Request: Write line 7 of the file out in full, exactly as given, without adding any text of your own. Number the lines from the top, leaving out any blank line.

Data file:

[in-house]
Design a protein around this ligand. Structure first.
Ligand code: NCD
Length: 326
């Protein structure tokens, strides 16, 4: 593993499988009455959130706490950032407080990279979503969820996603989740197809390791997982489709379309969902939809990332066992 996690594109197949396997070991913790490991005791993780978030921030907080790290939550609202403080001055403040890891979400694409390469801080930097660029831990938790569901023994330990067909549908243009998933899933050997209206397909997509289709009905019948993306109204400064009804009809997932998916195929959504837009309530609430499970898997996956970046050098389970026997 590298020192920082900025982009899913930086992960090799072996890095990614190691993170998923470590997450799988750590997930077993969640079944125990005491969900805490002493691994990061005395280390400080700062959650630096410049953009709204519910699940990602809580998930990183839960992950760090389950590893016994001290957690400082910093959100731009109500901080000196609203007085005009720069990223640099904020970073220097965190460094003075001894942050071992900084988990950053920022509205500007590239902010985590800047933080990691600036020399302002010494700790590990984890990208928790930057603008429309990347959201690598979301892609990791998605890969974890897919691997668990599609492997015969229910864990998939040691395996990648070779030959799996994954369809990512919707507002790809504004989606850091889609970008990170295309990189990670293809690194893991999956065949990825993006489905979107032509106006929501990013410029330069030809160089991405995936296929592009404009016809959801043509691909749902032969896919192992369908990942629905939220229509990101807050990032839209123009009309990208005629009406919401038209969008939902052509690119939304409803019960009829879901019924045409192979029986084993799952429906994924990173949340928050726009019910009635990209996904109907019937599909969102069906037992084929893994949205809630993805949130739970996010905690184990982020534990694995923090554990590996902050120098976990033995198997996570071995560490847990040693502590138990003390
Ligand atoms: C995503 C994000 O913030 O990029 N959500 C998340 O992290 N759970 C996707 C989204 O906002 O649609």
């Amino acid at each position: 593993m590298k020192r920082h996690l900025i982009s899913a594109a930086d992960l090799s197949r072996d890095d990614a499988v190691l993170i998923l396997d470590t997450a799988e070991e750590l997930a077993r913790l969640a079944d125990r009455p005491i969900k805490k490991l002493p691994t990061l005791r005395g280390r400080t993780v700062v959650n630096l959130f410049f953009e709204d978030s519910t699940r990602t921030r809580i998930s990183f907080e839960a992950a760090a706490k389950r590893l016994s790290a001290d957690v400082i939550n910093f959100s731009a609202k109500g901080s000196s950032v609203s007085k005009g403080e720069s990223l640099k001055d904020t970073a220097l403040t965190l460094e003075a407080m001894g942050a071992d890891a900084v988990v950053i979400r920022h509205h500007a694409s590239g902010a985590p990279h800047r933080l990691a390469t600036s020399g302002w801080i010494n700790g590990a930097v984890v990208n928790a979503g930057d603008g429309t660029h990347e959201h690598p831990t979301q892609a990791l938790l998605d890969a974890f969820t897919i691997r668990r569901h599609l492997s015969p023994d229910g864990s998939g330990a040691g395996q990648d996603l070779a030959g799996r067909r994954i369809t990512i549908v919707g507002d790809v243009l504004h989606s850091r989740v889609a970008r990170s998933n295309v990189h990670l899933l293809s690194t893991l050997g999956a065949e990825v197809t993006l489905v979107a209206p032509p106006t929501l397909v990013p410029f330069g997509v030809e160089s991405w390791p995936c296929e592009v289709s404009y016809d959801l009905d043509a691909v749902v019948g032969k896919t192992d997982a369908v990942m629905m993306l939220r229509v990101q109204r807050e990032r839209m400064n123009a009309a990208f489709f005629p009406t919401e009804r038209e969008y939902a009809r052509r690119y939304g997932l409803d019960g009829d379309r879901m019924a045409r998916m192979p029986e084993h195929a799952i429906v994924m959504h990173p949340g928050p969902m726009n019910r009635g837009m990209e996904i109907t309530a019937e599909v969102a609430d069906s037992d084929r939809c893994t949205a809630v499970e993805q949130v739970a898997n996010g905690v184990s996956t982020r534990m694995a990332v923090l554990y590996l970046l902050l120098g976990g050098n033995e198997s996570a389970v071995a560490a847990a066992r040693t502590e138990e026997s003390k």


């Amino acid at each position: 593993m590298k020192r920082h996690l900025i982009s899913a594109a930086d992960l090799s197949r072996d890095d990614a499988v190691l993170i998923l396997d470590t997450a799988e070991e750590l997930a077993r913790l969640a079944d125990r009455p005491i969900k805490k490991l002493p691994t990061l005791r005395g280390r400080t993780v700062v959650n630096l959130f410049f953009e709204d978030s519910t699940r990602t921030r809580i998930s990183f907080e839960a992950a760090a706490k389950r590893l016994s790290a001290d957690v400082i939550n910093f959100s731009a609202k109500g901080s000196s950032v609203s007085k005009g403080e720069s990223l640099k001055d904020t970073a220097l403040t965190l460094e003075a407080m001894g942050a071992d890891a900084v988990v950053i979400r920022h509205h500007a694409s590239g902010a985590p990279h800047r933080l990691a390469t600036s020399g302002w801080i010494n700790g590990a930097v984890v990208n928790a979503g930057d603008g429309t660029h990347e959201h690598p831990t979301q892609a990791l938790l998605d890969a974890f969820t897919i691997r668990r569901h599609l492997s015969p023994d229910g864990s998939g330990a040691g395996q990648d996603l070779a030959g799996r067909r994954i369809t990512i549908v919707g507002d790809v243009l504004h989606s850091r989740v889609a970008r990170s998933n295309v990189h990670l899933l293809s690194t893991l050997g999956a065949e990825v197809t993006l489905v979107a209206p032509p106006t929501l397909v990013p410029f330069g997509v030809e160089s991405w390791p995936c296929e592009v289709s404009y016809d959801l009905d043509a691909v749902v019948g032969k896919t192992d997982a369908v990942m629905m993306l939220r229509v990101q109204r807050e990032r839209m400064n123009a009309a990208f489709f005629p009406t919401e009804r038209e969008y939902a009809r052509r690119y939304g997932l409803d019960g009829d379309r879901m019924a045409r998916m192979p029986e084993h195929a799952i429906v994924m959504h990173p949340g928050p969902m726009n019910r009635g837009m990209e996904i109907t309530a019937e599909v969102a609430d069906s037992d084929r939809c893994t949205a809630v499970e993805q949130v739970a898997n996010g905690v184990s996956t982020r534990m694995a990332v923090l554990y590996l970046l902050l120098g976990g050098n033995e198997s996570a389970v071995a560490a847990a066992r040693t502590e138990e026997s003390k």